OGDEN -- More than 30 volunteer master gardeners were busily weeding and cultivating the Ogden Botanical Gardens on Tuesday morning, but they ignored the centerpiece of the gardens, its wide-ranging and much-photographed rose beds.
There's nothing to do in the rose beds. All but one of more than 300 rose bushes died this winter. The beds are full of stunted stalks, waiting to be dug out.
This is not normal.
Losing 20 or 30 plants is normal, but many of the dead roses dated back to the gardens' founding 17 years ago. They survived frost, snow, freezing temperatures and blizzards, but last November was unique, said Dorinda Jones, gardens director.
"In November, it was warm, and then the temperatures dropped dramatically," she said, talking about last fall when the temperature went from the mid-60s to below freezing in one day.
"The plants weren't ready for that, so they couldn't go into dormancy and they died."
The mass death of roses has happened all across Top of Utah, she said, although it depends on how protected individual plants were and other local factors.
But all over, Jones said, gardeners who are going out to do the spring pruning are discovering that there's not much to do but dig out the plant and start over.
The Botanical Gardens, at 1750 Monroe Blvd., along the Ogden River Parkway, features 11 acres of vegetables, fruit trees, flowers, waterwise gardens and other growing things laid out in spreading beds and along the parkway.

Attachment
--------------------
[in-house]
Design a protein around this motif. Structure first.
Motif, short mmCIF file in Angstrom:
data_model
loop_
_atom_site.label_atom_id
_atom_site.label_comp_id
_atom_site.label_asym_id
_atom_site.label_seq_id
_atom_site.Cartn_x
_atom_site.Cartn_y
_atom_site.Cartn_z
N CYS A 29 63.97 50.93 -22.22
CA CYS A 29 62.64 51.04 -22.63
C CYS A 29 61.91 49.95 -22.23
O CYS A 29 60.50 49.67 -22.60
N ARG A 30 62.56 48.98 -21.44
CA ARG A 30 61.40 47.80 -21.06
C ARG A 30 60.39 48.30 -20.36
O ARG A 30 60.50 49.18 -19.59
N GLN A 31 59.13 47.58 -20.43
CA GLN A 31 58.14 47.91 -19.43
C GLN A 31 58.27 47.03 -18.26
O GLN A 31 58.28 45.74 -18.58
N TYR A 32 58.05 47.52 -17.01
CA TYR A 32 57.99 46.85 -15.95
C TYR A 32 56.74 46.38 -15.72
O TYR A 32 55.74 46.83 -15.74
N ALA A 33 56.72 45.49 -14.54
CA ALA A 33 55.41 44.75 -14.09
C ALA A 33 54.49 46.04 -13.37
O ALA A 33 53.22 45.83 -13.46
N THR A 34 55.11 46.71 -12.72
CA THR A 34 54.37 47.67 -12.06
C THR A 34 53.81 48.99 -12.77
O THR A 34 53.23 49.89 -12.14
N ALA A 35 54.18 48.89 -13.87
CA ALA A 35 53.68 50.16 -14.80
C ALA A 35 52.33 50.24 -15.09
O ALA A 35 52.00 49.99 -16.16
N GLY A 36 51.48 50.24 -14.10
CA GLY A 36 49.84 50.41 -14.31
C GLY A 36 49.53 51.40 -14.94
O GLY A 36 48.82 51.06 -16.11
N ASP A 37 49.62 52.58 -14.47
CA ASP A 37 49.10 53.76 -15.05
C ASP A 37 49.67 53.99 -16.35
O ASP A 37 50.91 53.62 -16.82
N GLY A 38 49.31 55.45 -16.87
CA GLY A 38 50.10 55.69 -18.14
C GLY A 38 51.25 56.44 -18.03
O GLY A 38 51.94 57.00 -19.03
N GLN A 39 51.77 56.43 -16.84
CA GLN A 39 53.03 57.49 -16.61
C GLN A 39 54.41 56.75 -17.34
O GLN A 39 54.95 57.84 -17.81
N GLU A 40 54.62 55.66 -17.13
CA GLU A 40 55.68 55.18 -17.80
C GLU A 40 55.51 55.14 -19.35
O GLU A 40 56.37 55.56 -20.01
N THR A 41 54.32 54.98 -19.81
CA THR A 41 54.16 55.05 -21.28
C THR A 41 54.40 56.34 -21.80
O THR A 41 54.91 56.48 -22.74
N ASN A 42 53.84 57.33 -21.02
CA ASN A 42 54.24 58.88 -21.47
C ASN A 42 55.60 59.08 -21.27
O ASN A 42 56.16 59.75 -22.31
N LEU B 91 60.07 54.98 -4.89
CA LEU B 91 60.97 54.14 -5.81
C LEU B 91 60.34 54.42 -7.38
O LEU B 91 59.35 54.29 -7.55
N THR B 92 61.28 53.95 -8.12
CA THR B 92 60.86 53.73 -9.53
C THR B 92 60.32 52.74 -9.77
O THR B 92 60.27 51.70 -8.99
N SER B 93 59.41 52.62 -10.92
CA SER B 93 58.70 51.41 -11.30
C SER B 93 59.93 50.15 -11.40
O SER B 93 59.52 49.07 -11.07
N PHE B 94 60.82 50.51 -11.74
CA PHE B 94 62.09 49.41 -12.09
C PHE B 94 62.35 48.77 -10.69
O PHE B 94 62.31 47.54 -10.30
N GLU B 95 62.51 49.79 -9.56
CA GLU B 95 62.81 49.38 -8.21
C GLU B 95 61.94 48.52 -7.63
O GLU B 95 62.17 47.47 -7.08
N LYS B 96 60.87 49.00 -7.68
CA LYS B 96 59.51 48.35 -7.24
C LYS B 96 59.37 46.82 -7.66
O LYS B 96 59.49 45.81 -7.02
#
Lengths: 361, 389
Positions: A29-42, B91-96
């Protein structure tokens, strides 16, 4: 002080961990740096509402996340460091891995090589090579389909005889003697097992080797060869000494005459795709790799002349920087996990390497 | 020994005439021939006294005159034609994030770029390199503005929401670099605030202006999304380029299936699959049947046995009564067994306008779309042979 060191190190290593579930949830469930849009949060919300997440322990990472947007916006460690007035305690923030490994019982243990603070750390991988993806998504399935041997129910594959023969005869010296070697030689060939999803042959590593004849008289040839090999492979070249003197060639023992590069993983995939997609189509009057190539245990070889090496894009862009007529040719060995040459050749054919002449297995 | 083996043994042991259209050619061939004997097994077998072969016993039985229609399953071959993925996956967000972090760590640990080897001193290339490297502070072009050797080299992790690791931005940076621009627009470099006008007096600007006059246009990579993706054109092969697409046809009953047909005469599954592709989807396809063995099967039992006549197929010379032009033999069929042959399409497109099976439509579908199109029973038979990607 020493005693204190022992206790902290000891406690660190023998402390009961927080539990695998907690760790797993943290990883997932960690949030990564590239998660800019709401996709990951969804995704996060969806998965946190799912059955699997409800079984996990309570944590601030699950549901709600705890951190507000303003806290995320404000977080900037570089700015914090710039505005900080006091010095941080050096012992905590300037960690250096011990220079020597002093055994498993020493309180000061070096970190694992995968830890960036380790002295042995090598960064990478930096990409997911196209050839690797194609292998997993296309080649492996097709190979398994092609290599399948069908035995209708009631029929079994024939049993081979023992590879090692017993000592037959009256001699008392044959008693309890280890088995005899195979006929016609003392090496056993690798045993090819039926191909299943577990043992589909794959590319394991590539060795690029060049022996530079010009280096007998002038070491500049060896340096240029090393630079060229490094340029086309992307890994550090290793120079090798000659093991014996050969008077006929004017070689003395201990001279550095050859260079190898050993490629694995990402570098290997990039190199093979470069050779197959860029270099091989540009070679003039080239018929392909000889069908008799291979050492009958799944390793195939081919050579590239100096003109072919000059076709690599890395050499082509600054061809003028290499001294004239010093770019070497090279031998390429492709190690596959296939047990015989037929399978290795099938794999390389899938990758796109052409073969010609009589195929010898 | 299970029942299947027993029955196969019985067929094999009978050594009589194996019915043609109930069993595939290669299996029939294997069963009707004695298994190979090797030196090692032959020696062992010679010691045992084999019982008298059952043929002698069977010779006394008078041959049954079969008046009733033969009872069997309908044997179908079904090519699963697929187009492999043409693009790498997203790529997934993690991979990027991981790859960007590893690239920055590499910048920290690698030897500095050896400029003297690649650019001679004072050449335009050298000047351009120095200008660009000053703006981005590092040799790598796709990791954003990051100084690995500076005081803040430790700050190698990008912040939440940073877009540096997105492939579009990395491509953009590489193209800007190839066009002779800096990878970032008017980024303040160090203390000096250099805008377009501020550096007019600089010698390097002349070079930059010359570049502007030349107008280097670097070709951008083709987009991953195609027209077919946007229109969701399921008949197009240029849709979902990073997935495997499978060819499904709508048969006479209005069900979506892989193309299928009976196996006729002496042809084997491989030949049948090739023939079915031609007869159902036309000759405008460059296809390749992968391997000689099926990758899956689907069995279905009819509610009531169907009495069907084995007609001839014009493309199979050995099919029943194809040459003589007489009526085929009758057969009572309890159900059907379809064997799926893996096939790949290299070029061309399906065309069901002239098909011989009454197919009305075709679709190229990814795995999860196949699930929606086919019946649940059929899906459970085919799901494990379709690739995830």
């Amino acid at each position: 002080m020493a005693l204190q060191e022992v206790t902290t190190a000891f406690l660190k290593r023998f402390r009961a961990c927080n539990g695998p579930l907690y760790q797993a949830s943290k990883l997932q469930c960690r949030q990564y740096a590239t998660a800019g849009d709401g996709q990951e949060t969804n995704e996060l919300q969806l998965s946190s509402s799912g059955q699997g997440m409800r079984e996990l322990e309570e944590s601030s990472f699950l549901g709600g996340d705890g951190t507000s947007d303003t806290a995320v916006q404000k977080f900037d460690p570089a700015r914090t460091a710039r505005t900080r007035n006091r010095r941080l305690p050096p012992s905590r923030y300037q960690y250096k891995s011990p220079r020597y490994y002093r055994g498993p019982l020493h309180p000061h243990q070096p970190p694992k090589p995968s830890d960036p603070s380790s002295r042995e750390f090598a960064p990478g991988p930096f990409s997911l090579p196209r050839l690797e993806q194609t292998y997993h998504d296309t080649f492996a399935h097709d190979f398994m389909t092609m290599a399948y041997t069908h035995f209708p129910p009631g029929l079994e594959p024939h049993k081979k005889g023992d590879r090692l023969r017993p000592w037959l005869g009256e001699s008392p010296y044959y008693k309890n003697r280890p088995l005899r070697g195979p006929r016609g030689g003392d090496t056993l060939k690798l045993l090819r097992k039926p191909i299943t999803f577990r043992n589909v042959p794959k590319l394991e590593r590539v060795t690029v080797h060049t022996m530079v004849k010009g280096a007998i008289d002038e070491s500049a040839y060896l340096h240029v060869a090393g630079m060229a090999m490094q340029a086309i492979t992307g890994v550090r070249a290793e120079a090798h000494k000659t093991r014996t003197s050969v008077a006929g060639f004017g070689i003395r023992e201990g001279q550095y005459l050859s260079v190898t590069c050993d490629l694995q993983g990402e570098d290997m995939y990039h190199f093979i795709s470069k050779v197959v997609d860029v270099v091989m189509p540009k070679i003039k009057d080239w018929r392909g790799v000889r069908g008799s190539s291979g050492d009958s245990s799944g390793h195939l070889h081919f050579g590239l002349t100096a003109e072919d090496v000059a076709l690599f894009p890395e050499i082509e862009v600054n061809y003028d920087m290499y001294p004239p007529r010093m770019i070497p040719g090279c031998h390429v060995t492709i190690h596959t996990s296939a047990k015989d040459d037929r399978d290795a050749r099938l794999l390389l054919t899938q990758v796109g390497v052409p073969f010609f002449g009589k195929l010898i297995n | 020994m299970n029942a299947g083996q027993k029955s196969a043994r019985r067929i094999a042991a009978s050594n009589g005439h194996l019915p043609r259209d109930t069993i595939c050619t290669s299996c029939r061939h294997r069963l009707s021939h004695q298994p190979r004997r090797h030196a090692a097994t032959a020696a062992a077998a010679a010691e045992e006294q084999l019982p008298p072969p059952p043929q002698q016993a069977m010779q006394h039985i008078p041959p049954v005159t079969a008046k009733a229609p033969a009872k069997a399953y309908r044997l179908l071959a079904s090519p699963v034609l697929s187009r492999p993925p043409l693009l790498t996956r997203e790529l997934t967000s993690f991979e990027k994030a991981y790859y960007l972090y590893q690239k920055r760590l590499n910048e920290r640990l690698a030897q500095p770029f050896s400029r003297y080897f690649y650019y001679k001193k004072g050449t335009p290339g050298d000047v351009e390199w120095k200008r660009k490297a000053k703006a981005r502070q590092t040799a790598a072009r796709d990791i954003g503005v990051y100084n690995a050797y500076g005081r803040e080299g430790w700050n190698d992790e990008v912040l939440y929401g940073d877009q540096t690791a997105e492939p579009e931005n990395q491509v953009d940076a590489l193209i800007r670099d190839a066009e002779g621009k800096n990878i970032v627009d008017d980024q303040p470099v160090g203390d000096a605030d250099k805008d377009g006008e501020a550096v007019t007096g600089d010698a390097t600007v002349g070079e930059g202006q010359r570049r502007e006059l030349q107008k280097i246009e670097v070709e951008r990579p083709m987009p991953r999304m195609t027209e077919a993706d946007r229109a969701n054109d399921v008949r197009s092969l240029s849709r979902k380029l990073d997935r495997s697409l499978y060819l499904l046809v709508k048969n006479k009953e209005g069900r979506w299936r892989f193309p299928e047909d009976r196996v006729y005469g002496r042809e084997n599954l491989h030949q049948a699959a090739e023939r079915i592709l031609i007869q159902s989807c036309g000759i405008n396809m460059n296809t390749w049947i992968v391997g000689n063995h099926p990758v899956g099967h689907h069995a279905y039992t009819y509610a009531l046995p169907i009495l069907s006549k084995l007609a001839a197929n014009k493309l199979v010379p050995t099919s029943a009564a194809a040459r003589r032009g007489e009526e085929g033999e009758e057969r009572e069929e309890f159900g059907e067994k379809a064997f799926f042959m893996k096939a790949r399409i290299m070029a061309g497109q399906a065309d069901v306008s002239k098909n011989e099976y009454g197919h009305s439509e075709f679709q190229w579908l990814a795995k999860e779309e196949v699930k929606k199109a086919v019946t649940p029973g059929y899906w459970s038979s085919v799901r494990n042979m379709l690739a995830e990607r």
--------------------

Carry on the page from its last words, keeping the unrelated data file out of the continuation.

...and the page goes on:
The gardens are managed by Utah State University Cooperative Extension Service, but volunteers do almost all of the work. Graduates and students of the Master Gardener Program do most of the labor on workdays scheduled for the first Tuesday of every month, Jones said.
Nadine McKay, of Ogden, and Cary Martin, of Kaysville, were digging out minute bits of weed and grass from one bed Tuesday and breaking up clods.
Other workers were bringing in wheelbarrows full of thick, black compost from the city's compost facility.
Jones said they'll eventually plant 76 varieties of annual flowers and more than 200 flats of plants, most of which were started from seed.
The destruction of the roses wasn't discovered until April 5, when the Gardens normally holds a workshop on rose pruning to show gardeners how to do their own, she said.
As workers trimmed back the plants, Jones said, they noticed that most of the stalks were black, the wood dead. No matter how far back they cut, they didn't find green wood.
Only one plant of more than 300 survived. That made the pruning workshop difficult, she said.
"That one plant got pruned about five times," Jones said, because the classes were held hourly all day.
Now that one plant stands naked, spindly but alive, amid a sea of dead ones.
Jones said the loss of the roses will hurt. Although some weddings are already scheduled and other flowers will be in bloom, people will be less likely to hold weddings there because they normally like to take pictures amid the roses.
She said replacing all of the dead roses will cost about $10,000, money the Gardens don't have. Staff members hope to collect cash or donated roses, either new hybrid tea roses or floribunda rose plants. No grafts from home plants can be accepted, however, because of the danger of disease.
To make a donation, contact the gardens at 801-399-8081 or on the Internet at www.extension.usu.edu/weber.